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Exabeam Launches New Security Intelligence Platform To Challenge Legacy SIEM Vendors

Exabeam announced Tuesday the launch of its new Security Intelligence Platform, a solution it said will extend its user behavior analytics offering to disrupt the legacy SIEM market.

Exabeam announced on Tuesday the launch of its new Security Intelligence Platform, a solution it said will extend its user behavior analytics (UBA) offering to disrupt the legacy SIEM market.

The Exabeam Security Intelligence Platform includes five products: Exabeam Log Manager, Exabeam Advanced Analytics, Exabeam Incident Responder, Exabeam Threat Hunter and Exabeam Cloud Connectors. Combined, CEO Nir Polak said the products move Exabeam beyond what he called a "SIEM helper" to be a SIEM (security information and event management) replacement.

David Hark, president and CFO of AccessIT, a King of Prussia, Pa.-based Exabeam partner, said the new Security Intelligence platform gives his company new ways to address customer security challenges, particularly around data, intelligence and expertise.

[Related: Exabeam Lands $25M In Series B Funding, Looks To Go Global With Products And Partners]

"UBA is primarily about detection, so the Exabeam value proposition was focused there. With the new platform, we can offer customers better alternatives for data collection and management, for intelligence through analytics, and for addressing security hiring pressures through automated incident response. It addresses many of the top pains for customers today," Hark said in an email to CRN. Exabeam sells 100 percent through the channel, Polak said.

While the market for SIEM solutions is growing – anticipated to hit $3 billion by 2020 – CMO Rick Caccia said it is also a market ripe for disruption.

"We think this is going to help reinvigorate a market that is a multi-billion-dollar market, but one that has gotten stale. That's what Palo Alto Networks did with the next-generation firewall …We will see the same thing happen with SIEM and we think we will light that on fire," Caccia said.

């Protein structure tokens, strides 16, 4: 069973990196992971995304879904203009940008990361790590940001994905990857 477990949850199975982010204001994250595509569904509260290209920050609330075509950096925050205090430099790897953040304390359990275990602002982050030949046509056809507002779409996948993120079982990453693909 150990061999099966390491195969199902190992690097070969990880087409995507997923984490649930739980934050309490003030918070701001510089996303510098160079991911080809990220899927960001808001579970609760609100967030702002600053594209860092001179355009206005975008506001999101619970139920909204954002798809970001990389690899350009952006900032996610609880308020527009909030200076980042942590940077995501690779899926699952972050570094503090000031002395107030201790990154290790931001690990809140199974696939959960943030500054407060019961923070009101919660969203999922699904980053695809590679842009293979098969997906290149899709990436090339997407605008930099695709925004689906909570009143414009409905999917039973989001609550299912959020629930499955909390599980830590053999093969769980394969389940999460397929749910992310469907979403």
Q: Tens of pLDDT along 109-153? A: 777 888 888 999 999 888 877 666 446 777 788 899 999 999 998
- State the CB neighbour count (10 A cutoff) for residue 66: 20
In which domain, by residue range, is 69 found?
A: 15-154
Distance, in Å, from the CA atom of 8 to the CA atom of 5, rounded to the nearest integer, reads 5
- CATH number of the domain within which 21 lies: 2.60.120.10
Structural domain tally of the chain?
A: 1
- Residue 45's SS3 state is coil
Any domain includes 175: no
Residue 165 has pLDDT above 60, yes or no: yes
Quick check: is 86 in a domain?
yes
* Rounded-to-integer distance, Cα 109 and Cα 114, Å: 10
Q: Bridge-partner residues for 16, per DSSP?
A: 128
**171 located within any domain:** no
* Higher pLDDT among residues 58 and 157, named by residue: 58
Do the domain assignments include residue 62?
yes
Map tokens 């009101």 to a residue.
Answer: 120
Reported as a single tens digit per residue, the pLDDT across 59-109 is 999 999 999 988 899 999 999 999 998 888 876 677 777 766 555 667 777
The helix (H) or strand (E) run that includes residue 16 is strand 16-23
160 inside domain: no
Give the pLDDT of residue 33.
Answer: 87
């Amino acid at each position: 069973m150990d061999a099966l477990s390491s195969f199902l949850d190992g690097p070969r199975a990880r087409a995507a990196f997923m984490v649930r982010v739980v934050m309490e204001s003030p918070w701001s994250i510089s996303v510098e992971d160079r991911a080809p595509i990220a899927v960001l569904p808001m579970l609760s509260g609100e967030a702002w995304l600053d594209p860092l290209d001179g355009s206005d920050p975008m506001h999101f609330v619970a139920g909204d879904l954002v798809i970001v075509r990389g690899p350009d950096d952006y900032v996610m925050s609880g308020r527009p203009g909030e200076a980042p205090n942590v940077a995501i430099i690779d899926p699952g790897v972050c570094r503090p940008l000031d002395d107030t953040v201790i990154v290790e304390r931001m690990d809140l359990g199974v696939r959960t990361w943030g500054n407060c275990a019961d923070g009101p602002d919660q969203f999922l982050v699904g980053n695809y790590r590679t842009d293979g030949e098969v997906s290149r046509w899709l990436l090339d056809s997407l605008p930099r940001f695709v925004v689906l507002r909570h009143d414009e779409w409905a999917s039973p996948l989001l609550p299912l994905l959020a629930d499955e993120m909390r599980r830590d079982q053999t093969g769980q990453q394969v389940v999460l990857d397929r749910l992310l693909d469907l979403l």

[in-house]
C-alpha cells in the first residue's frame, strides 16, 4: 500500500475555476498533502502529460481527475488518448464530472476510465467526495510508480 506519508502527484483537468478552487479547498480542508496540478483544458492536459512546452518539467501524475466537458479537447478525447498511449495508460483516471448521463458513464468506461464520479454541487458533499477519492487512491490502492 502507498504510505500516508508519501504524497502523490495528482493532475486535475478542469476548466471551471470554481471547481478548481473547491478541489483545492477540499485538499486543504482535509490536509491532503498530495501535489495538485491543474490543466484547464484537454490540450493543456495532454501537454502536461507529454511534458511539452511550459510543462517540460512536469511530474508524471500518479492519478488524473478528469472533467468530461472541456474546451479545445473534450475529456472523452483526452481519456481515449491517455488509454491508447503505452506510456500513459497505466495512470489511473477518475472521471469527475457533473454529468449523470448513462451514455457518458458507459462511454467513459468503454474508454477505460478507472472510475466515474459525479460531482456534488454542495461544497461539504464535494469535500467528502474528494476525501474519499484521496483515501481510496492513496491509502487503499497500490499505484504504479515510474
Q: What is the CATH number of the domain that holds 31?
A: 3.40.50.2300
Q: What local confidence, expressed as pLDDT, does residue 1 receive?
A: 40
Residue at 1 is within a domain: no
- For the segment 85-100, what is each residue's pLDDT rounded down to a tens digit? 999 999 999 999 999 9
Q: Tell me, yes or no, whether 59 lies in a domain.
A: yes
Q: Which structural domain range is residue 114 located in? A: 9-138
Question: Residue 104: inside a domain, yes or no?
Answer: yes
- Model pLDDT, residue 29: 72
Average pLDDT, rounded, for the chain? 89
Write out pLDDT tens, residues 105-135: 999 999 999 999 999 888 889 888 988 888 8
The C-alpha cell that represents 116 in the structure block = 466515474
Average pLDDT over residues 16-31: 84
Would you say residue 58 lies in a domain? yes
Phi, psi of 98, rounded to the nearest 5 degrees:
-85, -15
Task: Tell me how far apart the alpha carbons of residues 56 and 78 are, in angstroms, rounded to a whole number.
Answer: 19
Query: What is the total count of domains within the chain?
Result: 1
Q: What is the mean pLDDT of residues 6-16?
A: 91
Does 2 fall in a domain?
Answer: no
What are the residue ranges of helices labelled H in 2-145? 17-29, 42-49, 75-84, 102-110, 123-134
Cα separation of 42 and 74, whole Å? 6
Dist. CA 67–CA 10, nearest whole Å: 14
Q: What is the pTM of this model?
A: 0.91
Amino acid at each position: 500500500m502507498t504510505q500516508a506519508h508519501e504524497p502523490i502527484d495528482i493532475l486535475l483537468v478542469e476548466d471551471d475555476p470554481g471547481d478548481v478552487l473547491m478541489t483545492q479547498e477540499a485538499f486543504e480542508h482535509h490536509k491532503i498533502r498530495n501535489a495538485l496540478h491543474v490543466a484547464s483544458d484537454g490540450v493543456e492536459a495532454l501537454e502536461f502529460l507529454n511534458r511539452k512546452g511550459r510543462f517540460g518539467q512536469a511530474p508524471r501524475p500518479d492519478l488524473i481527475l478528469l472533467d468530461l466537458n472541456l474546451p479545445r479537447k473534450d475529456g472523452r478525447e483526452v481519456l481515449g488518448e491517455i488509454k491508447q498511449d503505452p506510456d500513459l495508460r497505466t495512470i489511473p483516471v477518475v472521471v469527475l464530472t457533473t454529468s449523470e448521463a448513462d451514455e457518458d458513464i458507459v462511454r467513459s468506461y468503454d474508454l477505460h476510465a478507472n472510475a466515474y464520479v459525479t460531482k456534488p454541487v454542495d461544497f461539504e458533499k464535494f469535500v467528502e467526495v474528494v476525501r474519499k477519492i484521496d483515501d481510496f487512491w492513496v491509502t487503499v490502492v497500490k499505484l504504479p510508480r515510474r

He said legacy SIEM vendors already see significant market changes, with ArcSight being sold to Micro Focus as part of a spin-out of some HPE software assets, McAfee being spun back out of Intel, and RSA joining Dell as part of Dell's blockbuster acquisition of EMC.

"You have a large portion of the market that's up for grabs. The customers don't think they can get supported. We think the time to move from the SIEM helper to the SIEM is about perfect," Caccia said.

Caccia said Exabeam would distinguish itself from traditional SIEM players by allowing for unlimited security data collection and also supplementing log collection with analytics and incident response capabilities. While some other vendors have moved to also offer these capabilities, most notably IBM with its Watson technology and recent Resilient Systems acquisition, Caccia said the underlying technology is still older. He said Exabeam also has the potential to reach the midmarket with its solution, while most legacy SIEM vendors focus on the enterprise.


AccessIT's Hark said his clients are challenged by the amount of data generated by SIEMs, which he said is difficult to manage and analyze. On top of that, he said many companies face a shortage of security talent to handle incoming SIEM alerts. He said he expects customers to evaluate a vendor change if they can lower their total cost of ownership and see increased effectiveness.

"An overall trend in the market is a set of new vendors coming up to offer solutions that the legacy security vendors can’t offer … We think this is one of those solutions, and customers will evaluate the benefits of adopting Exabeam against any effort to migrate," Hark said.

The announcement also comes at an inflection point for the UBA market, as the initial hype around the market starts to fade and integrated analytics becomes table stakes in many security technology categories. Caccia said he expects other UBA players will either make the shift to tackle the SIEM market as Exabeam has, or will fall by the wayside in the next year or two.

"We think the weak players are getting shaken out," Caccia said. "UBA will be focused on a couple of players. UBA isn't going to be a standalone market. It's a function in a broader play. You will see a lot of the UBA market make the shift to the broader SIEM market."

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